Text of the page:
Planning the perfect wine-lovers’ holiday
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A tour around France’s vineyards is the perfect holiday for wine aficionados, offering an irresistible combination of beautiful countryside, great food, and of course, top quality wines.
If you’re looking for a holiday with a difference this year, why not head to the vineyards of France? One of the most famous wine-producing countries in the world, France offers plenty of diverse regions to explore, and its combination of great wines, good food and rich history attracts millions of visitors to its vineyards each year.
When it comes to choosing a French vineyard to visit, you really are spoilt for choice. We’ve rounded up some of the best wine regions the country has to offer.
Stretching almost 300km, Burgundy is one of the most famous and highly regarded wine-producing regions in the country. And the unique character of the area’s ‘climats‘, and its wine making techniques, has led to it being added to the UNESCO World Heritage list. Although the region does produce some high quality whites, it is best known for its fantastic red wines which can keep for up to 30 years.
Like Burgundy, the Bordeaux region of Aquitaine is also one of the most famous wine regions in the country. In terms of scenery, the area is rather plain, but what it lacks in natural beauty it more than makes up for with the quality of its wines, which have been produced in this region for around 2,000 years. Its reputation has been built on the back of the superb red wines that are produced here, particularly the top quality, full-bodied clarets.
Provence in the south of France is perhaps the most scenic of the country’s wine regions, with its lavender fields, golden sunflowers and views of the Mediterranean to the south. And its warm climate and even warmer welcome make it a firm favourite with visitors. The region does produce both red and white wines (the most famous of which is Bandol, which has been around since the middle ages) but it is best known for its rosé varieties, such as Côtes de Provence and Côteaux d’Aix.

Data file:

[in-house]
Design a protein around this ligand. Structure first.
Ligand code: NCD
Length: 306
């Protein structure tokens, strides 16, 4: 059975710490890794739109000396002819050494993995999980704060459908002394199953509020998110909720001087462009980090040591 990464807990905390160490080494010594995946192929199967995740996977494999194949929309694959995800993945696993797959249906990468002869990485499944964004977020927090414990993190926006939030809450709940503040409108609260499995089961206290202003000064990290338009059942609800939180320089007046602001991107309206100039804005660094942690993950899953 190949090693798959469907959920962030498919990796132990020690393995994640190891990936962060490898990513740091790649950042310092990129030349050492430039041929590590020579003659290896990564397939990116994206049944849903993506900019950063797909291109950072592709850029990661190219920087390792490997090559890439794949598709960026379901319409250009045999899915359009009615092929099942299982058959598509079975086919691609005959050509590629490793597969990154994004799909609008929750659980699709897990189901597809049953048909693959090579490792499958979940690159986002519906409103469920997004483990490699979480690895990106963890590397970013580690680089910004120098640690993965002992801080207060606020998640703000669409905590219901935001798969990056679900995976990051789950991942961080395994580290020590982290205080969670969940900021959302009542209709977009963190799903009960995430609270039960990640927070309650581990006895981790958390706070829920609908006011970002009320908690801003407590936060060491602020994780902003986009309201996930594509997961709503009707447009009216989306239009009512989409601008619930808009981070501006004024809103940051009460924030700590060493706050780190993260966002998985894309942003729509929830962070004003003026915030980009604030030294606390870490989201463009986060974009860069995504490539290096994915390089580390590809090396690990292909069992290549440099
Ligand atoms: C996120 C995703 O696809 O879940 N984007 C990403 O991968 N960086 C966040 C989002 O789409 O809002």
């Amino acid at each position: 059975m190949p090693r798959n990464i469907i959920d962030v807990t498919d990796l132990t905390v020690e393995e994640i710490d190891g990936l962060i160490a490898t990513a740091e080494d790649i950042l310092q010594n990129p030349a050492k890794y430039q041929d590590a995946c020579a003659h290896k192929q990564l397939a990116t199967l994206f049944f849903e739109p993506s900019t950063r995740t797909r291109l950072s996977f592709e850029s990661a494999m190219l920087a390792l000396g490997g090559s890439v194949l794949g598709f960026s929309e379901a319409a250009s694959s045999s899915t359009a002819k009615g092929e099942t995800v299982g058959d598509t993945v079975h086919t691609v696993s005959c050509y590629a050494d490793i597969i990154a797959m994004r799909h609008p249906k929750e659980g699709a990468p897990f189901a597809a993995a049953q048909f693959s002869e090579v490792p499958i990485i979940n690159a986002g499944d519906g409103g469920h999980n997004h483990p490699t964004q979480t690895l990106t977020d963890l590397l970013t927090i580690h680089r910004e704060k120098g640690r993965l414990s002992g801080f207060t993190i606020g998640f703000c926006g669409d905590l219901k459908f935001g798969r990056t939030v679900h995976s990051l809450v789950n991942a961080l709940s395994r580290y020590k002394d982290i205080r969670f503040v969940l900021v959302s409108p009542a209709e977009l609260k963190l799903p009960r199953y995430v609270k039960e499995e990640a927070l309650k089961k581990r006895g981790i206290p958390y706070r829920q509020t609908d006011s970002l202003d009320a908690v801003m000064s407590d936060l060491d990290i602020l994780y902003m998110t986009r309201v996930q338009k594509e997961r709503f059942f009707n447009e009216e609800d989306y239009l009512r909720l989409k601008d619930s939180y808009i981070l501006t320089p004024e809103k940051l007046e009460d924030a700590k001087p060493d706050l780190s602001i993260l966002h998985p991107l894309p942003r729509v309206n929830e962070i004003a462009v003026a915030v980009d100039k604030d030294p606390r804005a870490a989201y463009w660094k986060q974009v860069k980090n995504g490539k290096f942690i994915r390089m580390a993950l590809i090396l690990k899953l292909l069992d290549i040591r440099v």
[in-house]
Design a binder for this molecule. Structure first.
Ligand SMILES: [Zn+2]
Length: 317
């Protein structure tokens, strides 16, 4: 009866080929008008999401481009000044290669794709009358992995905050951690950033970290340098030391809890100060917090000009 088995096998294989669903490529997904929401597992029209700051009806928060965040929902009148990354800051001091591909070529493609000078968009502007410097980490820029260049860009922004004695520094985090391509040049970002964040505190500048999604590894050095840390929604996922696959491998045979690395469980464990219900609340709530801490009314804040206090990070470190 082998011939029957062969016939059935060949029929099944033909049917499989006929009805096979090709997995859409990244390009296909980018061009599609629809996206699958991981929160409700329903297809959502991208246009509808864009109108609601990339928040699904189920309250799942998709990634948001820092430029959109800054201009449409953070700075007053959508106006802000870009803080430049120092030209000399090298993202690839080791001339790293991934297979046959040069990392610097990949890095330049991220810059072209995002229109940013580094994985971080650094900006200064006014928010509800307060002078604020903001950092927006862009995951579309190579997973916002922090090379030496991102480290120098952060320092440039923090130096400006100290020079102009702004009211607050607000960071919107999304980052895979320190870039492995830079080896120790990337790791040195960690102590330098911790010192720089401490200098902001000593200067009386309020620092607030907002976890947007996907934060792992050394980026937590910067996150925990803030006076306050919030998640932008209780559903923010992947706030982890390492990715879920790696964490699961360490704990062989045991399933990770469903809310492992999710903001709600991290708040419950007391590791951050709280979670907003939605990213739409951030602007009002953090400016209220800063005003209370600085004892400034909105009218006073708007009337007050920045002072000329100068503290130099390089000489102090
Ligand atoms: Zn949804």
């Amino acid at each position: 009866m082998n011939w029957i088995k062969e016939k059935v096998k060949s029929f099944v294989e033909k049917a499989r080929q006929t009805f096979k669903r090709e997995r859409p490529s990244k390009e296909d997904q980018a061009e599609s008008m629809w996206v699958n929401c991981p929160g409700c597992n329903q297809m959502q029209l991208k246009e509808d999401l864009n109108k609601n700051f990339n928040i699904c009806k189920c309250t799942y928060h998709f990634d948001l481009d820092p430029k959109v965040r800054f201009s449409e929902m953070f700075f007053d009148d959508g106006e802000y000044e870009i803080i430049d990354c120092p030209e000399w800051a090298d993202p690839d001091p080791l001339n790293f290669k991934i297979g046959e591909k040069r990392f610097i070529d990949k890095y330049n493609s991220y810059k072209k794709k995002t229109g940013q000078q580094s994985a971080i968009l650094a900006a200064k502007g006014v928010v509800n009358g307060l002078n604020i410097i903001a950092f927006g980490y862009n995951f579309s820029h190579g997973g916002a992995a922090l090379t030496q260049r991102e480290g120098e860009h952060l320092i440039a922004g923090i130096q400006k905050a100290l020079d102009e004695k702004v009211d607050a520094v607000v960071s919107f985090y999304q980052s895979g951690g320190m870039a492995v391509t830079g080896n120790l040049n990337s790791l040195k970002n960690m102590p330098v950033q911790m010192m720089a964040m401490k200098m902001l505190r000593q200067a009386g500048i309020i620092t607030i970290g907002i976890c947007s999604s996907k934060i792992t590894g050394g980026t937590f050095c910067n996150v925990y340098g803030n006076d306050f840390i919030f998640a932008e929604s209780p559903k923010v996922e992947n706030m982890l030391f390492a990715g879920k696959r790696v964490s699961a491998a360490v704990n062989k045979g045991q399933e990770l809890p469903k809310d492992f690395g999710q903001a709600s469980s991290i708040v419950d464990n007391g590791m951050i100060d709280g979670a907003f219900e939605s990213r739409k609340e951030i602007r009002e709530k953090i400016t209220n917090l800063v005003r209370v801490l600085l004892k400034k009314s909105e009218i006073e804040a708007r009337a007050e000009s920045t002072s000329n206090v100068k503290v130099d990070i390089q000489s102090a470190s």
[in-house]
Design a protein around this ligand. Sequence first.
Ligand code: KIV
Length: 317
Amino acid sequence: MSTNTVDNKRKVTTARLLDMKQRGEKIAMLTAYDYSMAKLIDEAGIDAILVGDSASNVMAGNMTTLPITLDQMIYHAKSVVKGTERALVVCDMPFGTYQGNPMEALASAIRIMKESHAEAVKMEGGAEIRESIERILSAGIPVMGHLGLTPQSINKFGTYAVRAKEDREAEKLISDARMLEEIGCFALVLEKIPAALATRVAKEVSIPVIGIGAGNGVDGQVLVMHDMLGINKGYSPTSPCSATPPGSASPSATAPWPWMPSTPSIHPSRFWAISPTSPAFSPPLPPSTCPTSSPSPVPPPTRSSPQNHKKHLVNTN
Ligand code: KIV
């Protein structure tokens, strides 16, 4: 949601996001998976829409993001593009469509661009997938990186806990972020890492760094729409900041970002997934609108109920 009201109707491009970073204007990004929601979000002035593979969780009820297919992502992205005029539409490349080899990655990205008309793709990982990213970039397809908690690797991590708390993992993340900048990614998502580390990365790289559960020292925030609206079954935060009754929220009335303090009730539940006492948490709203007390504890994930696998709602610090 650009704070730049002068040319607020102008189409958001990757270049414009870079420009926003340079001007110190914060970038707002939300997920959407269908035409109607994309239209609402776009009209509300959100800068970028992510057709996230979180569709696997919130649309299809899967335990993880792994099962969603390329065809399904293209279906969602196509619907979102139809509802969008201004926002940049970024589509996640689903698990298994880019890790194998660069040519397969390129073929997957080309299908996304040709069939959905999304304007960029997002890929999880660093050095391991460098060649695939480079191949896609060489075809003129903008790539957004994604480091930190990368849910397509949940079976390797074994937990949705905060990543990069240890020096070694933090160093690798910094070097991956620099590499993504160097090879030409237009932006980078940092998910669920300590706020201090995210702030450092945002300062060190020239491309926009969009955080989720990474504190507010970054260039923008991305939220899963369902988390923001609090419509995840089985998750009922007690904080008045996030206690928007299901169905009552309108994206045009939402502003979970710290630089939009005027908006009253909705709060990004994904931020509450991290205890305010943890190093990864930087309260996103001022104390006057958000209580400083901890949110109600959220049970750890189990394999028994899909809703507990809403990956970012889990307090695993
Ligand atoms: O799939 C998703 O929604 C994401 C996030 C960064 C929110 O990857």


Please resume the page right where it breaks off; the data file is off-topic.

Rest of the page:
If you’re looking for something a little different, consider checking out the Alsace vineyards. The area’s proximity to the German border means that the wine, like the region, owes a lot to Germanic tradition and culture – dry or fruity white wines such as Riesling, Sylvaners and Gewurtzraminers are the order of the day here. The area has a rich and fascinating history, and the wine route is dotted with quaint and picturesque villages.
No list of French vineyards is complete without a mention of the Champagne region. Famous for its eponymous sparkling wine, the Champagne region is the most northern of France’s wine-producing regions and is located primarily around the towns of Reims and Epernay. The historic city of Reims with its 13th Century gothic cathedral is great for sightseeing, but for the best cellar visits and champagne tastings, you should head to the smaller town of Epernay, which is home to some of the best known champagne producers, such as Perrier-Jouët and Moët & Chandon.
For quality wines without the steep prices, head to some of south-west France’s lesser-known vineyards, such as Cahors, Bergerac, Marcillac or Vin de Pays du Lot. Less famous than their big name counterparts, these regions nevertheless produce quality wines ranging from dark, rich reds, through to sweet aperitifs.
With its variety and quality of wine, picturesque landscapes and rich history, it’s easy to see why thousands of visitors head to France’s ‘wine-country’ each year. It also has the advantage of being within a hop skip and a jump of the UK, meaning that heading off on a wine-tasting mini break is easy to do – all you need is your passport, European travel insurance and plenty of luggage space for all the wines you’ll want to bring back!
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